AUSTIN, TEXAS, AND WASHINGTON — FOR months, President Clinton has been calling on Americans to find common ground in a nation increasingly polarized along class and political lines.
Yesterday, the president's theme centered on racial harmony in a widely anticipated speech at the University of Texas in Austin.
As hundreds of thousands of black men jammed the Mall in Washington, Mr. Clinton urged Americans to work for racial tolerance and personal responsibility, and to reject tactics that breed hatred and distrust.
"Let us pray today that all who speak will stand for atonement, for reconciliation, for responsbility," Clinton said.
Clinton did not mention the march organizer, Nation of Islam leader Louis Farrakhan by name, but he alluded to him: "One million men do not make right one man's message of malice and division." In a recent television interview, Mr. Farrakhan referred to Jews and other racial groups who do business in black neighborhoods as "bloodsuckers."
Clinton and Republican leaders have come under some criticism in recent days for not addressing forcefully the racially charged atmosphere that has developed over both the Million Man March and over the O.J. Simpson verdict.
Until yesterday, Gen. Colin Powell, former chairman of the Joint Chiefs of Staff and possible presidential contender, had also remained quiet. But in a CBS-TV interview, the popular African-American said he would not attend the march because he does not support Farrakhan. Racism is racism, no matter where it comes from, he said. "Whether it comes from Mark Fuhrman or Minister Farrakhan, it is the same thing," he said.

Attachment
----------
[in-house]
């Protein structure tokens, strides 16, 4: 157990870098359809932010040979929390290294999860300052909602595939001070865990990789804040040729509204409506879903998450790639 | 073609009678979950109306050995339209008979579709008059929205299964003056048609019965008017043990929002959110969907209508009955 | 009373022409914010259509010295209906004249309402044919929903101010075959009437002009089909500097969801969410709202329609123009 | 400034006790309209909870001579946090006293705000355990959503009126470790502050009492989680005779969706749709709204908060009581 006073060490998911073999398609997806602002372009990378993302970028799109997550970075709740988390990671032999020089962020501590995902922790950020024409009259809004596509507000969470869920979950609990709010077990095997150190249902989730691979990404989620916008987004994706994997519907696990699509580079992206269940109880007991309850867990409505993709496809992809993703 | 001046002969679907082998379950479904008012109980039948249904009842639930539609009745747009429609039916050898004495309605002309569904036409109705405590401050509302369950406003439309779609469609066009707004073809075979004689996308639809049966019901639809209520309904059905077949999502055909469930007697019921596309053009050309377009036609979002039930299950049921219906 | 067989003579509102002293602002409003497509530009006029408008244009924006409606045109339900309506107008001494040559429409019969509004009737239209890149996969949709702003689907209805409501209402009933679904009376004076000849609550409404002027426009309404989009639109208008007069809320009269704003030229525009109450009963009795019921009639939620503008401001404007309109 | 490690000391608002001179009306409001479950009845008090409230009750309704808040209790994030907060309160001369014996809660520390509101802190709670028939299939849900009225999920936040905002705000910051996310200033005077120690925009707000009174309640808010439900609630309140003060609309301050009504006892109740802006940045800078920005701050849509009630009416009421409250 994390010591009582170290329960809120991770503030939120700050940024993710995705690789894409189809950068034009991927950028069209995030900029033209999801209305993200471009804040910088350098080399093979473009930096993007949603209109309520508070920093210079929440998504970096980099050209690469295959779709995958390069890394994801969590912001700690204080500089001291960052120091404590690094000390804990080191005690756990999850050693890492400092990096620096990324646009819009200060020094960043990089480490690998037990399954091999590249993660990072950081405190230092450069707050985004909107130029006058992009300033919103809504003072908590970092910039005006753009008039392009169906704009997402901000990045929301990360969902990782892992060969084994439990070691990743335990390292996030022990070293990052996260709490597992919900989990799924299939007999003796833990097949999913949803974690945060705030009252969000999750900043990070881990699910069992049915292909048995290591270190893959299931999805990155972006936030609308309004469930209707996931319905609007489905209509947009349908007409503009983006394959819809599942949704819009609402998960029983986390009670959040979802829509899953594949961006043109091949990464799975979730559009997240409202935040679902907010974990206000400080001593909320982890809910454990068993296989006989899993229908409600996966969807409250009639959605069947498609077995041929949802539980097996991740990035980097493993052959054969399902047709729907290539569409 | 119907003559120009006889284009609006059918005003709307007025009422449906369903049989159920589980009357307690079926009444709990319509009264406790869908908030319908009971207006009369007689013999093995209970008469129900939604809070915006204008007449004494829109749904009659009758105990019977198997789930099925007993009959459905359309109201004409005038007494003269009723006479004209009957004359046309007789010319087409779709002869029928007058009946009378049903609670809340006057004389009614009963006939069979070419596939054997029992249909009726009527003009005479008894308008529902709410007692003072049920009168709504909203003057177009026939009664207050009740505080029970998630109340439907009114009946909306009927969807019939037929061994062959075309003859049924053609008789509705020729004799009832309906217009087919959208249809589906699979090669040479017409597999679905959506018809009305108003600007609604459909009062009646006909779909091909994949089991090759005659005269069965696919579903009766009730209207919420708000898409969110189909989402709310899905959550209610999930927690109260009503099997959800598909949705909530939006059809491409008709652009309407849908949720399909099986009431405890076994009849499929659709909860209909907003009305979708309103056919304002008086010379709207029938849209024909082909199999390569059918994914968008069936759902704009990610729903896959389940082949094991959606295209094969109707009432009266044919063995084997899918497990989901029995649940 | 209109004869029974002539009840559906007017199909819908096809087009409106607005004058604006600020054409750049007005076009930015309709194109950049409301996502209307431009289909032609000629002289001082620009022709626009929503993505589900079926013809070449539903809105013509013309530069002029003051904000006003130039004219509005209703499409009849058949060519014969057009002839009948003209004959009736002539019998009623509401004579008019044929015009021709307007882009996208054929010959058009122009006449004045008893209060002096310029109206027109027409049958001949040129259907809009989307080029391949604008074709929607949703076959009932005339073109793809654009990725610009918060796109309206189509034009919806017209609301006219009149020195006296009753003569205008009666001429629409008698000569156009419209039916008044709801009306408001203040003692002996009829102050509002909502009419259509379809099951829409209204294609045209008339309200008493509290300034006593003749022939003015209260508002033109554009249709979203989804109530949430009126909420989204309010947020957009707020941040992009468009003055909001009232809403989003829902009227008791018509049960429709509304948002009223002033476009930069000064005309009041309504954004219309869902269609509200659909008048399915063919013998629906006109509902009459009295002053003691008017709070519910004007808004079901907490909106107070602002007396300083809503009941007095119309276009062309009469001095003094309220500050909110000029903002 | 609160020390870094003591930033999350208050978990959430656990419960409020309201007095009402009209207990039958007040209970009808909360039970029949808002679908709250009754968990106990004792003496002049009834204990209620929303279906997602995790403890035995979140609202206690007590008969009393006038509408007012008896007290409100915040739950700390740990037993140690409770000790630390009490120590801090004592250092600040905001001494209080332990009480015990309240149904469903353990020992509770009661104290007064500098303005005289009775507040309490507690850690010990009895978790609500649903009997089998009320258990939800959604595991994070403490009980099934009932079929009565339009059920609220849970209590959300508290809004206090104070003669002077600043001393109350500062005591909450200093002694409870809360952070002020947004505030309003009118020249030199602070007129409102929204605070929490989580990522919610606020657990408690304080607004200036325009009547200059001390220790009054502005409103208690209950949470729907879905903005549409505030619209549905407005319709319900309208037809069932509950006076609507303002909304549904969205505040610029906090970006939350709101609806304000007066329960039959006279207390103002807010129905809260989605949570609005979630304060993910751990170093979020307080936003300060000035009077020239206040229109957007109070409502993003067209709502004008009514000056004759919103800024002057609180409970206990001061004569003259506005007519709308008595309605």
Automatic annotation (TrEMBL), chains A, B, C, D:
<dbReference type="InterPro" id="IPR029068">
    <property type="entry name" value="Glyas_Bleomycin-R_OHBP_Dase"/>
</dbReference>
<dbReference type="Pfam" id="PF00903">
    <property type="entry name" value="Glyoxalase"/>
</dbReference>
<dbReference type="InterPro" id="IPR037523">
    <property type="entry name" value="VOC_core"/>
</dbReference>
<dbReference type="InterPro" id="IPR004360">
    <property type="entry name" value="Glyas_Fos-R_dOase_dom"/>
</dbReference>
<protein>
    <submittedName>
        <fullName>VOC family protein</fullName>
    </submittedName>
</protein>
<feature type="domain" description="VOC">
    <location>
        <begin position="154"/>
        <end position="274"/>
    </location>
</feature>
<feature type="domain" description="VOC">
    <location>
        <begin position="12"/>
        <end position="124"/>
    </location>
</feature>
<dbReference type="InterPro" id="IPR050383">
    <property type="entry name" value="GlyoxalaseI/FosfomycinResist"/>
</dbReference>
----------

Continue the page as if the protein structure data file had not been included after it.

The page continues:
Though the theme of Clinton's speech was race relations, it is the race for the White House that brought the president to Texas for the first time since he took office in 1993. Paul Begala, a former campaign adviser to Clinton who is now an Austin-based political consultant, says Texas will be a tough but not impossible state for Clinton to win in 1996.
CLINTON won just 37.1 percent of the Texas vote in 1992's three-way race. In 1994, Democrats lost both the governor's mansion and a Senate seat despite a strategy of distancing themselves from the president.
But Texas still provides plenty of cash, if not voters, for Democrats. Clinton's two-day visit includes $1,000-a-plate dinners in Houston and Dallas. And with a three-way race again a possibility, the president disbelieves GOP claims on Texas, says Garry Mauro, a Democrat who is Texas Land Commissioner.